Saturday, June 12, 2010

GOP Reverses On Medicare, Predictably

Now we know what it really was all about.

It was Mitch McConnell on February 7, 2010, asked about the President's idea to have everyone over at the White House to talk about health care reform, who commented

the White House can start by shelving the current health spending bill, and with it their goal of slashing a half trillion dollars from Medicare and raising a half trillion in new taxes. The American people want lower costs, not Medicare cuts and tax increases.

Three days later, in an opinion piece he co-authored for The Wall Street Journal, Newt Gingrich would warn

Don't cut Medicare. The reform bills passed by the House and Senate cut Medicare by approximately $500 billion. This is wrong. There is no question that Medicare is on an unsustainable course; the government has promised far more than it can deliver. But this problem will not be solved by cutting Medicare in order to create new unfunded liabilities for young people.

And on February 15, John Maccormack of the reliably conservative The Weekly Standard wrote admiringly of the "Roadmap" proposed by Republican faux wunderkind Paul Ryan of Ohio:

Ryan's plan would not cut Medicare benefits* for anyone 55 or older, while Obamacare would reduce access to care or diminish the quality of care for current beneficiaries. “You do not have to take benefits away from current seniors," Ryan told me Friday afternoon. "You have to reform the program for future generations. ... The cost explosion occurs when you go from 40 million to 80 million retirees, so you have to reform the program before it becomes 80 million retirees."

President Barack Obama is asking Republican lawmakers to approve billions of dollars in new spending to avert a scheduled 21 percent cut in payments to doctors who treat Medicare patients.

So you can be excused if you were surprised to read today that the Charles Babingon of the Associated Press has found

President Barack Obama is asking Republican lawmakers to approve billions of dollars in new spending to avert a scheduled 21 percent cut in payments to doctors who treat Medicare patients.

If GOP senators don’t allow the stalled proposal to pass, some doctors will stop treating Medicare recipients, Obama said in his weekly radio and Internet address Saturday.

Obama also urged congressional leaders Saturday to approve his proposals to pump more federal money into states where thousands of teachers, firefighters and other public officials face likely layoffs. In a letter, Obama described his plans as “critical and timely ways to further the economic recovery and spur job creation.”


Republicans, only a few months ago decrying cuts to Medicare, now are balking at approving funding to prevent a cut in payments to doctors who treat Medicare patients. Better to encourage as many doctors as possible to turn Medicare patients away, presumably.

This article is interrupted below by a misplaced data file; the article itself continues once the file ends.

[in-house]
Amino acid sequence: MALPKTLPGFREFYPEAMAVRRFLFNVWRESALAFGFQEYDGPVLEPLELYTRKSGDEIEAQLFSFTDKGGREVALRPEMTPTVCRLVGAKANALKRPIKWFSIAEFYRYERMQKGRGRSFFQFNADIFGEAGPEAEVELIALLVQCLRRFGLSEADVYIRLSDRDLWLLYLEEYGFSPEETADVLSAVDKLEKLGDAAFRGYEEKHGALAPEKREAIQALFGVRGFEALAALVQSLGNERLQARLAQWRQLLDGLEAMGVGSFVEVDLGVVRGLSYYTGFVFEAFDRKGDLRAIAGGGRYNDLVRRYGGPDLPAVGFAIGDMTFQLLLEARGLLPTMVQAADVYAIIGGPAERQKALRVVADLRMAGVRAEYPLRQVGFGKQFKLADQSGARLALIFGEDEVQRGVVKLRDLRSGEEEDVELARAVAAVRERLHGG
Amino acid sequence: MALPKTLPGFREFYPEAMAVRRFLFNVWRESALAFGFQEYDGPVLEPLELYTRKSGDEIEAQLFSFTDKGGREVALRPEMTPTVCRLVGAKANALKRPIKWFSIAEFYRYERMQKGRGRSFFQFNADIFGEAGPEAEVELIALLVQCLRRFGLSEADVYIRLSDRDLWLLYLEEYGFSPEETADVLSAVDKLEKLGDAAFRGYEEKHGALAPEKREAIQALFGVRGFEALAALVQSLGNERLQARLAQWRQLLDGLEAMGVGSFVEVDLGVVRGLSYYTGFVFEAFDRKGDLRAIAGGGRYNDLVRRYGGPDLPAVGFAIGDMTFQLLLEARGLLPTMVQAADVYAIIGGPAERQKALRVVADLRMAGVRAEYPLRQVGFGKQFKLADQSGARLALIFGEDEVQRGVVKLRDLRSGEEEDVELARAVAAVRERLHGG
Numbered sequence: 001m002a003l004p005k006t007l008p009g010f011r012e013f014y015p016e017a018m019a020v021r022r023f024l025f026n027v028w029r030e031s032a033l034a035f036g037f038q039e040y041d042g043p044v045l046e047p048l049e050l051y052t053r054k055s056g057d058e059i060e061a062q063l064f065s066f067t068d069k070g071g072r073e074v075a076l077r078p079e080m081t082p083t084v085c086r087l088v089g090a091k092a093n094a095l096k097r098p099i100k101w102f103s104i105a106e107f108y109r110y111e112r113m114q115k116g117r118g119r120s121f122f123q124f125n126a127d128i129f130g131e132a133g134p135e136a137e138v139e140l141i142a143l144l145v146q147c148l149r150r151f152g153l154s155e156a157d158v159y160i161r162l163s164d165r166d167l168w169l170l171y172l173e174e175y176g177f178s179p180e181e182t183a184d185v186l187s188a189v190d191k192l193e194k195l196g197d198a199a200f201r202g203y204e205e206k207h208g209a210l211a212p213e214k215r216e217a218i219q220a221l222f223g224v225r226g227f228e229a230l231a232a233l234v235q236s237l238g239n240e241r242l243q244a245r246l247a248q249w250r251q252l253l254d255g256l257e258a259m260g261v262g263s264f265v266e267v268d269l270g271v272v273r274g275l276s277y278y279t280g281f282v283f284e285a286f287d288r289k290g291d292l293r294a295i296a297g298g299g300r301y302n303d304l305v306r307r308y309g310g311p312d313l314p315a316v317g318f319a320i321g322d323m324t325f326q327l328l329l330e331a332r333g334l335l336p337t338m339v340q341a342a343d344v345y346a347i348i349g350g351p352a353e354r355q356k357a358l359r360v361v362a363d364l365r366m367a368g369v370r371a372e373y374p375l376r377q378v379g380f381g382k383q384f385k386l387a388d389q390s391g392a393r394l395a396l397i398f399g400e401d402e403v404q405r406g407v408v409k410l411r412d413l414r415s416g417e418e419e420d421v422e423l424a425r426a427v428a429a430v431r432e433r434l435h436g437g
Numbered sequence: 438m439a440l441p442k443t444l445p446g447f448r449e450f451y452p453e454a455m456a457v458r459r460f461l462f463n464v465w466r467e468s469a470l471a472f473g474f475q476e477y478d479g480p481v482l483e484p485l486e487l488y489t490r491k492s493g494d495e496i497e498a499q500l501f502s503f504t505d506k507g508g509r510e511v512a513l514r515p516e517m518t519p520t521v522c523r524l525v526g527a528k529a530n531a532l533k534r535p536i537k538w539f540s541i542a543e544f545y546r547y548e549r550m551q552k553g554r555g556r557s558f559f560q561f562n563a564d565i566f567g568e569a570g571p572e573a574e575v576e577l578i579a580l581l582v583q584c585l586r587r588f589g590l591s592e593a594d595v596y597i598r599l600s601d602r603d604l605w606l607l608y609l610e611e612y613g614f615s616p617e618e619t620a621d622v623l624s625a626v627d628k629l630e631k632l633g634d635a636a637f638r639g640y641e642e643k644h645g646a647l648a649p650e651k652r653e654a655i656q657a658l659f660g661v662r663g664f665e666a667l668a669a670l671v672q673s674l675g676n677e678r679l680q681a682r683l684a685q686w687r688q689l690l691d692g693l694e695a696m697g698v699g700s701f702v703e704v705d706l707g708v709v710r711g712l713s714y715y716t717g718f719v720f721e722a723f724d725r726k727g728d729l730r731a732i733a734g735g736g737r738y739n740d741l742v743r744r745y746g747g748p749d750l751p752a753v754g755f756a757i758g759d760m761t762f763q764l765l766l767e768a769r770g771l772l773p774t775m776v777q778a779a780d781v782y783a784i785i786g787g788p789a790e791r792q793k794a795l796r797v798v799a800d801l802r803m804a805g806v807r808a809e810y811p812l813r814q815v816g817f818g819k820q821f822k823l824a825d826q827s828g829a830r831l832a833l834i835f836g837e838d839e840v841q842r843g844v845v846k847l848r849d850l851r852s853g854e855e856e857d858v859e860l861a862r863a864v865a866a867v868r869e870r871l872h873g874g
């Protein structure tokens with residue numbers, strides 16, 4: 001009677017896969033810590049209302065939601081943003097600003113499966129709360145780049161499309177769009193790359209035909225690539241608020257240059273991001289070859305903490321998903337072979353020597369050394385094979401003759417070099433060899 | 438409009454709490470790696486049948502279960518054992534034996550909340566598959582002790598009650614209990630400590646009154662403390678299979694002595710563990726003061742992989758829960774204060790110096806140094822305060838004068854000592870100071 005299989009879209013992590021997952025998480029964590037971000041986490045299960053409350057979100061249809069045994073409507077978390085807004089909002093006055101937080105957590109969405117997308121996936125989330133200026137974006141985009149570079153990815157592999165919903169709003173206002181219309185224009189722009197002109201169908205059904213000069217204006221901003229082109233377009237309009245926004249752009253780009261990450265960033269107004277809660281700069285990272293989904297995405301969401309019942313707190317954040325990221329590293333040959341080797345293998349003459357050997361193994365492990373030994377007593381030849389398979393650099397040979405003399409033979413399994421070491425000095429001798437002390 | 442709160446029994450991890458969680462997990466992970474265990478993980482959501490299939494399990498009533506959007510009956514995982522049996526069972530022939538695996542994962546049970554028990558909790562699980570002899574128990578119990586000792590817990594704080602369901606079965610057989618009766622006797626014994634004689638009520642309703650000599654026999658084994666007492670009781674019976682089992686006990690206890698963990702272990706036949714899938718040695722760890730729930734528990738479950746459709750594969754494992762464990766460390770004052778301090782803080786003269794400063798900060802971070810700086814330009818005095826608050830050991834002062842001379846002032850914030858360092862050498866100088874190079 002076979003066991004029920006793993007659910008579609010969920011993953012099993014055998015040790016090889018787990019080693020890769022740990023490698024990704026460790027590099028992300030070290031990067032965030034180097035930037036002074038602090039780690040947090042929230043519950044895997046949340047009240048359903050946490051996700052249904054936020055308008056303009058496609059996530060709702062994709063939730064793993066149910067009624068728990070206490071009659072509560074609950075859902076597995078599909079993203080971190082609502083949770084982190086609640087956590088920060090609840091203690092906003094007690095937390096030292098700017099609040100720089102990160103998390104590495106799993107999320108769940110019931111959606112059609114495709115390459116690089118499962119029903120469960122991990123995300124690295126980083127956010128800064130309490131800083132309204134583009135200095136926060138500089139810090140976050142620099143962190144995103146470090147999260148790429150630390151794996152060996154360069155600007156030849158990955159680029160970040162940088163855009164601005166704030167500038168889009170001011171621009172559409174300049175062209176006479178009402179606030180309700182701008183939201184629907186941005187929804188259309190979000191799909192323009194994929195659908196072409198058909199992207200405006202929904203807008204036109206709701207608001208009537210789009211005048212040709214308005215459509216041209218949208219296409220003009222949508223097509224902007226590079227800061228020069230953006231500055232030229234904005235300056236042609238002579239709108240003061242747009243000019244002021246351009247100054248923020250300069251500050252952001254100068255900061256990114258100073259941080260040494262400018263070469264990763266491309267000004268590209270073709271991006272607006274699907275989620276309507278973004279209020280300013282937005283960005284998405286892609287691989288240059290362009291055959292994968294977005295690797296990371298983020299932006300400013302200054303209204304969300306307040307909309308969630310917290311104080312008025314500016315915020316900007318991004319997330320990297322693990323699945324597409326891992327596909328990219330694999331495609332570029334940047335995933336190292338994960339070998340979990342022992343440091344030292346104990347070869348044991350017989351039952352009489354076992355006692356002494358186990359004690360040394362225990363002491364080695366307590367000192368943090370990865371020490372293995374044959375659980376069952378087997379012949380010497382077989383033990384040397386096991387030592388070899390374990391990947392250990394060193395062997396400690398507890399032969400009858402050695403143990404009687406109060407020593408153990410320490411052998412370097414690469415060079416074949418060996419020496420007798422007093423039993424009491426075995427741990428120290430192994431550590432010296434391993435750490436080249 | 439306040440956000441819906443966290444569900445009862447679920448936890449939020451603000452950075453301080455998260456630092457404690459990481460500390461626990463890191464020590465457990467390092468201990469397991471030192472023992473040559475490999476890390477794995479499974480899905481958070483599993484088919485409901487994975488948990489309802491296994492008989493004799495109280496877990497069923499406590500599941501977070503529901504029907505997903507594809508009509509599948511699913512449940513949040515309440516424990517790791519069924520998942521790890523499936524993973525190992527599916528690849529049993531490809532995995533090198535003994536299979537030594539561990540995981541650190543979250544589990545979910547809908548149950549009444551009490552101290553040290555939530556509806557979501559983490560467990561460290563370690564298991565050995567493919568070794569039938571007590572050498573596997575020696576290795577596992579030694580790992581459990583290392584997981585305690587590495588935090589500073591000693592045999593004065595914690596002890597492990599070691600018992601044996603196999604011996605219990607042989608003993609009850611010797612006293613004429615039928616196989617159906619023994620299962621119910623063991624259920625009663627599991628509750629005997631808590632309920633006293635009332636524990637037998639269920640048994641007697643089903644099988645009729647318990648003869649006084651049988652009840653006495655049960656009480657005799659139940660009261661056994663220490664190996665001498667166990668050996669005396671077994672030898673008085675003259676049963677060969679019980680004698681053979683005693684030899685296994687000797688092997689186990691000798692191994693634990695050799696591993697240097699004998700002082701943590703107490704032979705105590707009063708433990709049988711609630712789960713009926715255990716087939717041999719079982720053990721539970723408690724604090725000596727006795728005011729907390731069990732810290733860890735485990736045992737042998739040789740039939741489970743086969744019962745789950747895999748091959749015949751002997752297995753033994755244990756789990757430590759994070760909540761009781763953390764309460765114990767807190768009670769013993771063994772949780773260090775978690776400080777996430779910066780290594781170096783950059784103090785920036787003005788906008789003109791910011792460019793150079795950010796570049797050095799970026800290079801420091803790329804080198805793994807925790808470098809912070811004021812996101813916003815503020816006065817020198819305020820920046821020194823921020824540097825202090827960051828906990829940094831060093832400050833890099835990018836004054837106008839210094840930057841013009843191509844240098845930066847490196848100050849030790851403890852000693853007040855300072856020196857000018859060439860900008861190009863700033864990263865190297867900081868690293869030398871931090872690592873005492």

Oh, they have their reasons, do the GOP legislators who ony a few months ago contended that "Obamacare" included Medicare cuts and those rhetoricall colorful "death panels." According to Babington, House Minority Leader Mitch McConnell (R-Ky) "said his party wants to avoid reducing physicians’ Medicare fees, but do it without adding to the deficit — meaning spending cuts elsewhere." Nevertheless,

The president noted that since 2003, Congresses led by Democrats and Republicans have blocked similar proposed cuts in doctors' reimbursement rates. But now, he said, Republicans are "willing to walk away from the needs of our doctors and our seniors."

But only if a larger objective can be met. The claim of concern over rising debt would be more credible if these Republicans did not select the increase in defense spending as one of the few areas in which they might agree with the President. Or if they, or at least a few other members of their party, had shown even a small fraction of concern when that debt was being run up by Republican Presidents Reagan and Bush 43.

But those deficits were different. "Deficits don't matter," cried Vice President Cheney as long as they were created by tax cuts for the wealthy. But now that it's being done in (relatively small) part as incentive for doctors to continue taking Medicare patients or to stimulate an economy in recession by creating new jobs, it's time to get exercised by the national debt.

Better the GOP be exorcised, than exercised. Seven-eight months after Bush the Younger was selected president, The New York Times noted he called the dwindling federal surplus ""incredibly positive news' because it would halt the growth of the federal government."

The GOP's tune has changed but the intent has not. With a Democratic Administration, Republicans don't call for cutting services and gutting government but conveniently for "deficit reduction." But "'deficit reduction" doesn't mean deficit reduction. It means welfare state reduction, period. Military spending is sacred --- like the right to pack heat in church and gas guzzling. It is non-negotiable."

And if reducing the deficit means starving a popular program, weakening its value to the American people and boosting cynicism about government, it's all the better. As Ed Kilgore has identified the strategy, "stop government before it can help again."

For the GOP, it's a different sermon, but the same church.




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